Lots of normal stuff and tasks handed to the kids.  The goats escaped again, this time into a different weedy part of the yard.

I took the teens to youth group, and when we got back they had to do their nightly animal chores.  Hubby came out to look at the peacock with us and I had to take the goats on a walk.  Except the goats were out of their pen again!  E thinks they are mad that I mowed down their weeds, I think mowing the weeds opened up their eyes to the possibilities beyond their pen and showed them an easy escape route.

The goats love their nightly walk.  They pretty much lead the way.

The white goat is Storm, the black one is Confetti.  They are spoiled rotten and I love it.

About a week and a half ago our guinea fowl quit coming back to the barn at night.  We will see them and hear them occasionally during the day, so we knew they were nesting somewhere.  The older girls had unsuccessfully searched for the nest over the weekend.  Tonight while I was out with the goats I heard the guinea, so I suggested they might be nesting in the cow pasture.  E went off and after a while yelled “I found them!”


They are nesting in a pile of brambles we had cut down from the fence line– a mixture of honeysuckle, autumn olive and wild rose.  Between the brambles and the cows, they seem to be really safe, we hope!

E brought back 26 eggs so we could incubate them, leaving 5 for the guinea to brood.   Potentially they will lay more.


So now we have 40 guinea eggs in the incubator.  Oh my, not sure what we are going to do with so many if they all survive!

Current bird totals:  7 free range chickens plus 1 rooster, 12 pullets we raised from chicks that will free range after Fair.  A pair of Mille Fleurs (bantum chickens) that were given to me by a nice man at a Poultry Swap.  21 Meat Chicks that are almost 2 weeks old, living in a cow water tub in the half bath by my laundry room.  Those will be gone after Fair- either sold at Fair after showing or made into freezer meals.  3 guinea that free range, 4 peafowl.

Current egg totals:  40 guinea eggs in the incubator and 5 in the nest, 30 chicken eggs in the incubator and a bunch in my fridge (yum!), and a few peafowl eggs that we aren’t incubating, waiting to see if the birds will do it on their own.

Yikes.  We seem to like collecting birds…..


animals · farm animals · peacocks

More feathered friends!

It’s a long weekend here, and that usually means we get bored…..and when we get bored we scour craigslist for new animals!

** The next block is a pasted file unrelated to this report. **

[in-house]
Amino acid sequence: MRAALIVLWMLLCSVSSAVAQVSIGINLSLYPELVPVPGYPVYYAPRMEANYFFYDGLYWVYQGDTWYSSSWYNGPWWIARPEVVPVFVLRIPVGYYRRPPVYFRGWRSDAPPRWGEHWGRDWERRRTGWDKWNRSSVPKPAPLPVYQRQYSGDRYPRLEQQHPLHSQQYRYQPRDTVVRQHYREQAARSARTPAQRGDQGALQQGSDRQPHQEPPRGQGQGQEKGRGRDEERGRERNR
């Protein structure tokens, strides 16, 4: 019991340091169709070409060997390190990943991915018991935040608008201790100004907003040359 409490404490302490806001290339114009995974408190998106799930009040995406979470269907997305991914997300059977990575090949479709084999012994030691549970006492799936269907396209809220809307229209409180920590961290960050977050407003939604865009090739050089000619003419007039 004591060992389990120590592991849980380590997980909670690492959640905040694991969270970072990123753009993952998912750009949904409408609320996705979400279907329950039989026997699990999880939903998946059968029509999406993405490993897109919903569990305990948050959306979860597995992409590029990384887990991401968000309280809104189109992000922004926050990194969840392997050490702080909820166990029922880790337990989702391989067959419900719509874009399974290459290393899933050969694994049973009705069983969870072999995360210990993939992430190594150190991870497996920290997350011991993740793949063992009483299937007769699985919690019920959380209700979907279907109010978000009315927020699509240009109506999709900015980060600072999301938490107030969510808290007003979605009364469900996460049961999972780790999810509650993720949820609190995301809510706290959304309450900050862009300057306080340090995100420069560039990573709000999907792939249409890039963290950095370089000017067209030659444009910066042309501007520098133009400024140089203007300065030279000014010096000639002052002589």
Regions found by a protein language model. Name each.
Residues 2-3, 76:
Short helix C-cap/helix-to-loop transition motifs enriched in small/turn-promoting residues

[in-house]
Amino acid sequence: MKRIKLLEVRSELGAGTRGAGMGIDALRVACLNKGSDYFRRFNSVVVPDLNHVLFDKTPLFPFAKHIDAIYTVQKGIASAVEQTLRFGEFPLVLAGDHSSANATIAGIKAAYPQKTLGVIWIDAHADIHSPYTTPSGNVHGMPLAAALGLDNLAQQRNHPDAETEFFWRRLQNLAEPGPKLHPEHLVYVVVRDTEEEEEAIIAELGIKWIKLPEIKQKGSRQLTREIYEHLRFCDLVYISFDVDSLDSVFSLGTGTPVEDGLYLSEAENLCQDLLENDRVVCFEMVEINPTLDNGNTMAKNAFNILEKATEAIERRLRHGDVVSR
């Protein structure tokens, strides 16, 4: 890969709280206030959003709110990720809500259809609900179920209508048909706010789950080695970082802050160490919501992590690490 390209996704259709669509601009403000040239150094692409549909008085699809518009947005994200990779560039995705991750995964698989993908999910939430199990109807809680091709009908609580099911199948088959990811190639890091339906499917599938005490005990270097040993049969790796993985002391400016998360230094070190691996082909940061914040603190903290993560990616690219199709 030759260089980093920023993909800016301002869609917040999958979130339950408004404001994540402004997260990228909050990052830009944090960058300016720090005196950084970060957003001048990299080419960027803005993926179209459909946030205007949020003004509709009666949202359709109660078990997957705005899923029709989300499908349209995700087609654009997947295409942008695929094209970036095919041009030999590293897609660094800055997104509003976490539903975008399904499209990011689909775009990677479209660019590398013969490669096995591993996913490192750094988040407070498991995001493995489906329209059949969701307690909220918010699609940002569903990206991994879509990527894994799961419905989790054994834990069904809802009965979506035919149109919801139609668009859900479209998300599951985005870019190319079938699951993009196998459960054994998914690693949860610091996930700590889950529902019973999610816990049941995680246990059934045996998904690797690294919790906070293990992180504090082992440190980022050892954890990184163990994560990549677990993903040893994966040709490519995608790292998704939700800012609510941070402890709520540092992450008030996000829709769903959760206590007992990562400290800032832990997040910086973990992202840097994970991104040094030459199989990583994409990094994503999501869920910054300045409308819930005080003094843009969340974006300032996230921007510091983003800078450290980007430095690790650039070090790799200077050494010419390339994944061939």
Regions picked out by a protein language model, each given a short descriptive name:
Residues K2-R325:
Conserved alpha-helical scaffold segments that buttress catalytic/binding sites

Today we started by searching for pheasant eggs.  That search was not successful, but in our quest we found both guinea eggs and peacocks!

Side note:  two of our guinea are not returning at night, they seem to have decided to nest and we can’t find their nest.  It is likely we will lose them to predation, so finding replacements is necessary for tick and bug control!  Besides, they are so fun to watch walk around.

20170529_140508First step:  build a special peacock carrier.  The tails of the male will break if they try to turn in most cages, so there is a special way to make one that allows for the tail.  We did our best to estimate the correct dimensions.  We also packed up the dog cage to bring the peahens home in.


First we drove 45 minutes to pick up guinea eggs.  From there it was an hour drive to the peafowl.  The seller first grabbed the peacock and he was feisty.  Our diy cage was way too big and he was able to move around too much, so we jury rigged another idea and Ken pulled off his undershirt and we wrapped the peacock in it.  The peahens were much easier to contain, less skittish and no tail worries.

We drove the 75 minutes home, and then had to finish setting up their new home.  We had started this morning not sure where to keep the peafowl, then 20170529_193010decided that an add on to the back of the barn was the perfect spot to keep them.  It is fully enclosed and has high rafters for them to roost.  The previous owner had used this for sawdust storage.



The peahens had laid a few eggs, and the seller let us have them.  He said last year they sat on them and tried to hatch, but the male was young and the eggs weren’t fertile.  But this year they might be, so we set the eggs up for the hens.

First we brought in the peacock, we were most concerned about his travel arrangements.  Thankfully he was fine.  He has a couple of broken tail feathers– a few happened before we got him and a few additional ones during the trip.  But he will shed all his feathers in the fall and regrow new, so it isn’t a big worry.


The peahens were much easier to relocate into their new home.


Within minutes two of the peahens were in the rafters and not much after that all four of the birds were up high.  We spent quite a bit of time building a lower perch for them and it seems like they don’t even care about it, they like the highest roost, of course!

After this, we set the guinea eggs in the incubator, they should hatch in about 28 days.  This is a fun comparison between a peacock egg, chicken egg and guinea egg.


We will keep them in here for a couple of weeks, then start to let them free range.  It’ll be fun to watch them walk around on our park!  They are so beautiful.